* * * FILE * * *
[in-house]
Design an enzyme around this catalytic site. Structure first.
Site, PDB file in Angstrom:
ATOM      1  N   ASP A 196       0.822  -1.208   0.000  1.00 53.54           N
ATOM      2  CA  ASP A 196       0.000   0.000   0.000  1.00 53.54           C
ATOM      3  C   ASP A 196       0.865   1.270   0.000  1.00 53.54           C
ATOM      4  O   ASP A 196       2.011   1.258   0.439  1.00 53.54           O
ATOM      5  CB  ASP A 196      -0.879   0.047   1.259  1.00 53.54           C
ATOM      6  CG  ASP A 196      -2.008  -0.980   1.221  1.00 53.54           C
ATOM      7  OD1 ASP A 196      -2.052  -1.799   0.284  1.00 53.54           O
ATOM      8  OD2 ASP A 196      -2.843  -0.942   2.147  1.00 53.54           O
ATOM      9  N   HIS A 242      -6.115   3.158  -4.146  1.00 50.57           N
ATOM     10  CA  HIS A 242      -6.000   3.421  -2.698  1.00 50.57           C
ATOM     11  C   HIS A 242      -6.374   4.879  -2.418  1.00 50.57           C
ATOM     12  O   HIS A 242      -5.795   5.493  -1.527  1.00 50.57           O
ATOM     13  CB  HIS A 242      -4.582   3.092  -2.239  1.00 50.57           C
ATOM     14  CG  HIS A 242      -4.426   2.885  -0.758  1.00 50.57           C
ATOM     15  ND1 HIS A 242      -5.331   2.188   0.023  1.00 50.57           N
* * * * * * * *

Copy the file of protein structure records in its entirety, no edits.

[in-house]
Design an enzyme around this catalytic site. Structure first.
Site, PDB file in Angstrom:
ATOM      1  N   ASP A 196       0.822  -1.208   0.000  1.00 53.54           N
ATOM      2  CA  ASP A 196       0.000   0.000   0.000  1.00 53.54           C
ATOM      3  C   ASP A 196       0.865   1.270   0.000  1.00 53.54           C
ATOM      4  O   ASP A 196       2.011   1.258   0.439  1.00 53.54           O
ATOM      5  CB  ASP A 196      -0.879   0.047   1.259  1.00 53.54           C
ATOM      6  CG  ASP A 196      -2.008  -0.980   1.221  1.00 53.54           C
ATOM      7  OD1 ASP A 196      -2.052  -1.799   0.284  1.00 53.54           O
ATOM      8  OD2 ASP A 196      -2.843  -0.942   2.147  1.00 53.54           O
ATOM      9  N   HIS A 242      -6.115   3.158  -4.146  1.00 50.57           N
ATOM     10  CA  HIS A 242      -6.000   3.421  -2.698  1.00 50.57           C
ATOM     11  C   HIS A 242      -6.374   4.879  -2.418  1.00 50.57           C
ATOM     12  O   HIS A 242      -5.795   5.493  -1.527  1.00 50.57           O
ATOM     13  CB  HIS A 242      -4.582   3.092  -2.239  1.00 50.57           C
ATOM     14  CG  HIS A 242      -4.426   2.885  -0.758  1.00 50.57           C
ATOM     15  ND1 HIS A 242      -5.331   2.188   0.023  1.00 50.57           N